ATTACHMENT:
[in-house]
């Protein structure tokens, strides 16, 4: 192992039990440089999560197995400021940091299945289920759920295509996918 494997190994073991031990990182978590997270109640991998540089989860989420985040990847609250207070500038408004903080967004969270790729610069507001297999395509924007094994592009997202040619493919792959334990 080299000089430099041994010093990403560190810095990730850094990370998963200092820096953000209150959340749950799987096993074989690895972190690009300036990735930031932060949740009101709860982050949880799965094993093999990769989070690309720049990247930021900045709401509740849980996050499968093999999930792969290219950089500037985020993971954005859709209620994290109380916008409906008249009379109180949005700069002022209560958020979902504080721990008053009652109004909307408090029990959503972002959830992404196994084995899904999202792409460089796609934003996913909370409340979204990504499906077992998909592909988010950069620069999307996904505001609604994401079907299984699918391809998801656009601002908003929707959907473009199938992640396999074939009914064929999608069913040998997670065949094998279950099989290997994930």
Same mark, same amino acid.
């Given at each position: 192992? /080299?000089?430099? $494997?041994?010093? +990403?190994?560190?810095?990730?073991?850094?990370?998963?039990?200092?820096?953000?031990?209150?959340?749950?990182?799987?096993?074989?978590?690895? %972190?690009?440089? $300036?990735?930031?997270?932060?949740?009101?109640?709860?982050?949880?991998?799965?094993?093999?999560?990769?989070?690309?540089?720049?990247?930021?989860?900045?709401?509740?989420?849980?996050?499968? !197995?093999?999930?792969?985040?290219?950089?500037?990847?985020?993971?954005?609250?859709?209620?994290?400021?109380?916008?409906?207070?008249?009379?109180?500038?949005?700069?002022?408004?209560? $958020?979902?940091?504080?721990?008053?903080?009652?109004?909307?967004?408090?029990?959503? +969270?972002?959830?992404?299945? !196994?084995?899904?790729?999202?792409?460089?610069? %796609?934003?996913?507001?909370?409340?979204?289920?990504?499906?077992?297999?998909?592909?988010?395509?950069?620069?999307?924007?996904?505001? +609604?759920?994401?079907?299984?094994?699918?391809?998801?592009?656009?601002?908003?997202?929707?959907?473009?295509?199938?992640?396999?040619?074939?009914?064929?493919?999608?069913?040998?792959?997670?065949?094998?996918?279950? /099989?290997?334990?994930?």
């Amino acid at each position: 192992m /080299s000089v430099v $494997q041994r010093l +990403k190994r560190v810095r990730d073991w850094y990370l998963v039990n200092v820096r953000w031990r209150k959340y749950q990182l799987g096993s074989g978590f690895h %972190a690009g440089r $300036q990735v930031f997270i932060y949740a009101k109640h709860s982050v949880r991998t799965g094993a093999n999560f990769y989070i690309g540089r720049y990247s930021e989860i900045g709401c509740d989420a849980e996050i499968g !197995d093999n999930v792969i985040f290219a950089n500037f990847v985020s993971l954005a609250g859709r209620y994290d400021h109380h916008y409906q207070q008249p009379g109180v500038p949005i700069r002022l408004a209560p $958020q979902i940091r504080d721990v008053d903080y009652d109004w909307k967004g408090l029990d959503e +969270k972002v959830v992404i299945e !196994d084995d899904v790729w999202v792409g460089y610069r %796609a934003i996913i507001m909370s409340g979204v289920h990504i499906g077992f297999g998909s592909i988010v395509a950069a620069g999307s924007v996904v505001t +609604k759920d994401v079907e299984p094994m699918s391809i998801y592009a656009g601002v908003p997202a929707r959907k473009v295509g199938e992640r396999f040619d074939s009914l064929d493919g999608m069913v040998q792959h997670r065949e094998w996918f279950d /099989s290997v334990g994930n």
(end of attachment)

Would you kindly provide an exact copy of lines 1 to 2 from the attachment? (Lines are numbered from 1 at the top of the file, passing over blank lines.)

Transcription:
[in-house]
């Protein structure tokens, strides 16, 4: 192992039990440089999560197995400021940091299945289920759920295509996918 494997190994073991031990990182978590997270109640991998540089989860989420985040990847609250207070500038408004903080967004969270790729610069507001297999395509924007094994592009997202040619493919792959334990 080299000089430099041994010093990403560190810095990730850094990370998963200092820096953000209150959340749950799987096993074989690895972190690009300036990735930031932060949740009101709860982050949880799965094993093999990769989070690309720049990247930021900045709401509740849980996050499968093999999930792969290219950089500037985020993971954005859709209620994290109380916008409906008249009379109180949005700069002022209560958020979902504080721990008053009652109004909307408090029990959503972002959830992404196994084995899904999202792409460089796609934003996913909370409340979204990504499906077992998909592909988010950069620069999307996904505001609604994401079907299984699918391809998801656009601002908003929707959907473009199938992640396999074939009914064929999608069913040998997670065949094998279950099989290997994930």